…and so it begins.
Amidst a quiet groundswell of enthusiasm and a rather uneventful spring, the Toronto Blue Jays begin their 2007 campaign in Motown against the defending AL champion Tigers. Everything seems in order for the Jays, who would consider themselves relatively healthy, save for would-be set-up man Brandon League, who just can’t seem to put it together at the right time and will rent in Syracuse for the foreseeable future. The same can’t be said for the Tigers, who just days before the opener found out that their winningest pitcher in 2006, veteran southpaw Kenny Rogers, will be out at least 3 months after having a bloodclot surgically removed from his pitching arm. Rogers’ injury aside, the series’ pitching matchups still likely favour Detroit in the next two days, so today is a must-win for Toronto.
Everything starts relatively well – a 3 run first inning off of ‘soon-to-be-Cy-Young-winner’ Jeremy Bonderman, the Tigers’ opening day starter that included two (yes,count ’em two) stolen bases off of perennial gold glove winner Pudge Rodriguez. The Cats edge their way back through the middle innings, courtesy of an Aaron Hill error and some clutch hitting from Curtis Granderson and Placido Polanco. (One honestly wonders why Roy Halladay ever throws a curveball with a 2 strike count…)
Despite dead bats and not scoring for the next 8 innings, the Jays manage to stay tied with the Bengals through 9 thanks to some terrific bullpen work from Casey Janssen and Jason Frasor and in the 10th manage to load the bases against Fernando Rodney, who, with one out, unforgivably throws 3 straight changeups to Troy Glaus with the sacks drunk. Glaus hammers the third one for the game winning single, Rios grounds out an insurance run and BJ Ryan pitches a less-than-perfect 10th that still counts as a save. A good game to win in what would have been a very tough game to lose.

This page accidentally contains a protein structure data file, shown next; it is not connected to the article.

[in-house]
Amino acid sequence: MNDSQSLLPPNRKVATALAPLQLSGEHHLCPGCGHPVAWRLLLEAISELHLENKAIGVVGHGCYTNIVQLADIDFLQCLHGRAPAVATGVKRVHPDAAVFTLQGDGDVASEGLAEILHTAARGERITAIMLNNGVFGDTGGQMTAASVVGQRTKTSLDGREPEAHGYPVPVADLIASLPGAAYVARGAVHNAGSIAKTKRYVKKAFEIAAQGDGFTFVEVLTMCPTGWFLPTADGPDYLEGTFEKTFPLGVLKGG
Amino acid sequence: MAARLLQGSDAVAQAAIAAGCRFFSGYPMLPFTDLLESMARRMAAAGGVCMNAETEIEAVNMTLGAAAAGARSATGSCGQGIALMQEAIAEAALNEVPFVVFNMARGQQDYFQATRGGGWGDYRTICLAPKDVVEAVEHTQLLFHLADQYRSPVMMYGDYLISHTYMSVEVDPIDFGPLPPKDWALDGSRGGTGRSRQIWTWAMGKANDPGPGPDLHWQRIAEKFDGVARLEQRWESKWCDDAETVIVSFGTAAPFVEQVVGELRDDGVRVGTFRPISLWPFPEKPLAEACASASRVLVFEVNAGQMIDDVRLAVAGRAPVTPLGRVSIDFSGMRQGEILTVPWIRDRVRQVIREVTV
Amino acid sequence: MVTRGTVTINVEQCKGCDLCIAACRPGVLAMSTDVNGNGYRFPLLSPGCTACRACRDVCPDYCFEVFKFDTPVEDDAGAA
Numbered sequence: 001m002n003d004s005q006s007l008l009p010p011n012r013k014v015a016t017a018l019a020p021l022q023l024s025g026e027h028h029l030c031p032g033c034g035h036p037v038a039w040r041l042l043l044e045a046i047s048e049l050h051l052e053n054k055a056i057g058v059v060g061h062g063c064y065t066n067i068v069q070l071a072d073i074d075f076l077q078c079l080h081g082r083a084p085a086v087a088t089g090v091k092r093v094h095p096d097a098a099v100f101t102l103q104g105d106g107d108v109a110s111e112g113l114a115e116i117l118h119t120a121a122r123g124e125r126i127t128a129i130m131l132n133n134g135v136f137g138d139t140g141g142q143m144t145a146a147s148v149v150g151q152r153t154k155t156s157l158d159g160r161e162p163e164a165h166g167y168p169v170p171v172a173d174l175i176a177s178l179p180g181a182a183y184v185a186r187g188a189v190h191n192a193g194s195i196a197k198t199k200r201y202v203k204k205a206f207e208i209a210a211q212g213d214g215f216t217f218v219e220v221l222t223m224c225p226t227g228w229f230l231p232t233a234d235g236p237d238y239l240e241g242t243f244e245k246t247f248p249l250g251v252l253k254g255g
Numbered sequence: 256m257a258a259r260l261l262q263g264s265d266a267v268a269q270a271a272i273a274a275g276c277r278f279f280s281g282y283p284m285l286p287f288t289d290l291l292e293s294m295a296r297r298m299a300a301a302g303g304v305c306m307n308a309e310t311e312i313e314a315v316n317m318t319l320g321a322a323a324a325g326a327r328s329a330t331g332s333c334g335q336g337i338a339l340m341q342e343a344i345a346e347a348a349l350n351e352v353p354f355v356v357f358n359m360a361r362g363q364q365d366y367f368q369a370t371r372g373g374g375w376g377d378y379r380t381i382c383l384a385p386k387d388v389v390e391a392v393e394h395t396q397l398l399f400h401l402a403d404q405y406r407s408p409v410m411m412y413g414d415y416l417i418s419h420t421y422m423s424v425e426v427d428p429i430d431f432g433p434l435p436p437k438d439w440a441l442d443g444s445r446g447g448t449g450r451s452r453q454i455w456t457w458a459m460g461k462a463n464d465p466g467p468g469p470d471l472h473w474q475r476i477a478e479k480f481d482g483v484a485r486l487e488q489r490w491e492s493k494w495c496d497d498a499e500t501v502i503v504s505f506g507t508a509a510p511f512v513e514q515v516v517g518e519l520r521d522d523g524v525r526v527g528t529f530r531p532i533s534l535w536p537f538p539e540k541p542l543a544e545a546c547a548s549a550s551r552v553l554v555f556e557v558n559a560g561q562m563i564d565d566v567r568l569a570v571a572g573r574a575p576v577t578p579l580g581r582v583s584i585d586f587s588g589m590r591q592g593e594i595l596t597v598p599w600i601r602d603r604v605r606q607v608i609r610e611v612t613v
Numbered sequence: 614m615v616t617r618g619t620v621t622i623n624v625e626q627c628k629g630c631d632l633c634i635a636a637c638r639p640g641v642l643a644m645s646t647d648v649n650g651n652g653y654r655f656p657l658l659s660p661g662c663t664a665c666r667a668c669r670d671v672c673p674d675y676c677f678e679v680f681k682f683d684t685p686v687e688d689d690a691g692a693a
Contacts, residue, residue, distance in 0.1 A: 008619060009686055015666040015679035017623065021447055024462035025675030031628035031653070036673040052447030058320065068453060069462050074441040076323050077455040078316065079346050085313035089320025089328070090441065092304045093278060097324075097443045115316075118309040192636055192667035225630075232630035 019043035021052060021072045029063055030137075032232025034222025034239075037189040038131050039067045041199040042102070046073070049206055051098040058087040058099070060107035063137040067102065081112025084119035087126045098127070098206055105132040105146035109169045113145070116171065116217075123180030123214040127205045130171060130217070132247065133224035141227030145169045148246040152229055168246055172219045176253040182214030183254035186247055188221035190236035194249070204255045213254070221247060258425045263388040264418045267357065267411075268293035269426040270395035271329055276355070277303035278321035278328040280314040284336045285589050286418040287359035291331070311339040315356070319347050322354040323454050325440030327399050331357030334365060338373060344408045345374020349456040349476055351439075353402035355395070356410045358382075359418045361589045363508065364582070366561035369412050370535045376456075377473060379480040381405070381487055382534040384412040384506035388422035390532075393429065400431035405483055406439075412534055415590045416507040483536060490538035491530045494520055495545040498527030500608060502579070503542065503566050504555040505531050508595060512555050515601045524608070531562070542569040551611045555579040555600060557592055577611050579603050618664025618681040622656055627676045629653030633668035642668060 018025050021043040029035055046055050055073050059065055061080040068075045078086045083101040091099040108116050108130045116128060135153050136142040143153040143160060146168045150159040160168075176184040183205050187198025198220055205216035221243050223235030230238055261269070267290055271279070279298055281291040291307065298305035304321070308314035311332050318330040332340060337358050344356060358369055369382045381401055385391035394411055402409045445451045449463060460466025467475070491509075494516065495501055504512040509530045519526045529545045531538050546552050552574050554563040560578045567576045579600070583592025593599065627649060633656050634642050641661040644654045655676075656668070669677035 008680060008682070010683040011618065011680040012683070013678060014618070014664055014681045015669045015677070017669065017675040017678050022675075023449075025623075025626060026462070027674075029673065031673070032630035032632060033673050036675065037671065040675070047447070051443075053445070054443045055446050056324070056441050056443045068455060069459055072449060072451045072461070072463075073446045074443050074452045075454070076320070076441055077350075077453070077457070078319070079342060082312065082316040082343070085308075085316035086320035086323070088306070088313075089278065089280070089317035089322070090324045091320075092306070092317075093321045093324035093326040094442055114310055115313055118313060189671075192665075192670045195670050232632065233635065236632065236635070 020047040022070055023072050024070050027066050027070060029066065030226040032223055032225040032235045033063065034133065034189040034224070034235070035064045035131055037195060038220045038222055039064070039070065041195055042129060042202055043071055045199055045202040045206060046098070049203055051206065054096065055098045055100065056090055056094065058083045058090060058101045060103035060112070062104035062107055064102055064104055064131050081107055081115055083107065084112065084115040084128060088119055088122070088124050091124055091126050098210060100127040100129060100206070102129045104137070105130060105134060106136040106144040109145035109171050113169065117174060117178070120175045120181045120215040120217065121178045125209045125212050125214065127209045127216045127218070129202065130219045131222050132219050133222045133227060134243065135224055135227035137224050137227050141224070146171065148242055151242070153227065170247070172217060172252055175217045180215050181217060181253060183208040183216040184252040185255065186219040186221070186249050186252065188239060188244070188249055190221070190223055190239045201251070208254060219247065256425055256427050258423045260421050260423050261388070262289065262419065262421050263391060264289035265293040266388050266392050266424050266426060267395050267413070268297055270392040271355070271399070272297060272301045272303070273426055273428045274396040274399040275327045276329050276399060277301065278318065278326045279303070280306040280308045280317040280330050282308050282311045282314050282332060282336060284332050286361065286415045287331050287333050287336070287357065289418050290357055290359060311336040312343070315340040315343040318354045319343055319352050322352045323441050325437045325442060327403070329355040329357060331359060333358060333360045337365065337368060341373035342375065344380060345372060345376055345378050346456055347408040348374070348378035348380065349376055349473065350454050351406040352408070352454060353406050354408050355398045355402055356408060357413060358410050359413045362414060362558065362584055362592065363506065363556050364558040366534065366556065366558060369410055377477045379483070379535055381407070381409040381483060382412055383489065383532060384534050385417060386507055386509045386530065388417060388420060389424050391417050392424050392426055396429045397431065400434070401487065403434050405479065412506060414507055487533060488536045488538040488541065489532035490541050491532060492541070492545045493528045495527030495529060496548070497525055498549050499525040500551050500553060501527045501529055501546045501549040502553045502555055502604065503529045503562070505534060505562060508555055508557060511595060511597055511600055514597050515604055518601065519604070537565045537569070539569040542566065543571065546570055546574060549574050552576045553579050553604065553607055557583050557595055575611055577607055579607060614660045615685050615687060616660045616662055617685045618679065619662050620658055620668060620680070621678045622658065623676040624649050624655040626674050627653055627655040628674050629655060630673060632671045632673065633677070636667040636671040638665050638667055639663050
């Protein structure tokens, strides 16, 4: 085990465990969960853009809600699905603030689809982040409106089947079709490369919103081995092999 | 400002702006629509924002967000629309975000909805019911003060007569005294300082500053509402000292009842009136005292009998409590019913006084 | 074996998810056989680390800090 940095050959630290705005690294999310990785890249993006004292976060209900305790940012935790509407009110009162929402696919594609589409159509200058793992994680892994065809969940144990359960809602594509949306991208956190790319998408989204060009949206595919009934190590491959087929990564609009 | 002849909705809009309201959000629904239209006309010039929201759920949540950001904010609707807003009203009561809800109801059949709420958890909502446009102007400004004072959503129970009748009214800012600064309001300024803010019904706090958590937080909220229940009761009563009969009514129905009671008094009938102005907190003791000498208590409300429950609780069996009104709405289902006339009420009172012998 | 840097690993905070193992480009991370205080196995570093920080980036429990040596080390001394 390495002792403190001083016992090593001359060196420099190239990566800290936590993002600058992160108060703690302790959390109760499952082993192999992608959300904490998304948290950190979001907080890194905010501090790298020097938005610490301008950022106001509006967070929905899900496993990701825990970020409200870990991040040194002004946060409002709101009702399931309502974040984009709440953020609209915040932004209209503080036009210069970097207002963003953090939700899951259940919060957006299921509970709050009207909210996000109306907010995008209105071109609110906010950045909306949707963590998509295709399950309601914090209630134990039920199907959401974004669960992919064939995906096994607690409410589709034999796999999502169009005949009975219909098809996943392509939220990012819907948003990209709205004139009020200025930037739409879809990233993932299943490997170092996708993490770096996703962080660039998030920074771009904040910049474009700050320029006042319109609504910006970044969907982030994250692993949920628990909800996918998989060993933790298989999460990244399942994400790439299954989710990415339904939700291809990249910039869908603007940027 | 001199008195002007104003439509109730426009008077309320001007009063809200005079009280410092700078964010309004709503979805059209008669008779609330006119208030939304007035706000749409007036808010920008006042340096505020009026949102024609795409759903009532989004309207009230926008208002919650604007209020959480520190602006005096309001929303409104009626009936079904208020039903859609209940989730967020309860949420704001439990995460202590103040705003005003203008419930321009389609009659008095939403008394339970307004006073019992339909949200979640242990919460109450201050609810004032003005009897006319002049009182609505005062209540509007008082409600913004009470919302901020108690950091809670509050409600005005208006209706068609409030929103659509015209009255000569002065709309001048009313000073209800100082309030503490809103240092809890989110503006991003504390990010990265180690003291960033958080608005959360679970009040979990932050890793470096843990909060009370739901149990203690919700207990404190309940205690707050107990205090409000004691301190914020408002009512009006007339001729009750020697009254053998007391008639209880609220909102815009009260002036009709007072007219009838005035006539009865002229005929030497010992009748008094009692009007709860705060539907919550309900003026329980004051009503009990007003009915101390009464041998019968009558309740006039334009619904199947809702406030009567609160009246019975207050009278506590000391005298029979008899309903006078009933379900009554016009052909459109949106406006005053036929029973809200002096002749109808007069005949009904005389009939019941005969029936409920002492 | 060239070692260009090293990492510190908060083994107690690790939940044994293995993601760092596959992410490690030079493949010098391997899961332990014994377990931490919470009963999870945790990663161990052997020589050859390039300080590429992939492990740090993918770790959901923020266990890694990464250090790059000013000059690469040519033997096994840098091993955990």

THE GOOD : The bullpen. Casey Janssen throws only 25 pitches and faces the minimum over 2 1?3 innings to eliminate any momentum Detroit was feeling after seeing Halladay exit after 6 innings.
THE BAD: The Wind in left field. Troy Glaus and Reed Johnson (especially) are robbed of late inning 2
run homeruns by a blustering wind coming in from left field, making OF Craig Monroe look like Willie Mays, instead of Ivan Calderon (who he normally resembles defensively out there.)
THE UGLY: The two strike curveball. Halladay insists on hanging two strike curveballs and gets punished for it, with most of the Tigers’ damage done against him done with two strikes and Halladay ahead in the count.
GAME RATING: A-. A very interesting, strategic game that was a great example of why opening day is important. Both managers played it as if it were Game 6 of the World Series, with Gibbons actually out managing his more experienced opponent Jim Leyland.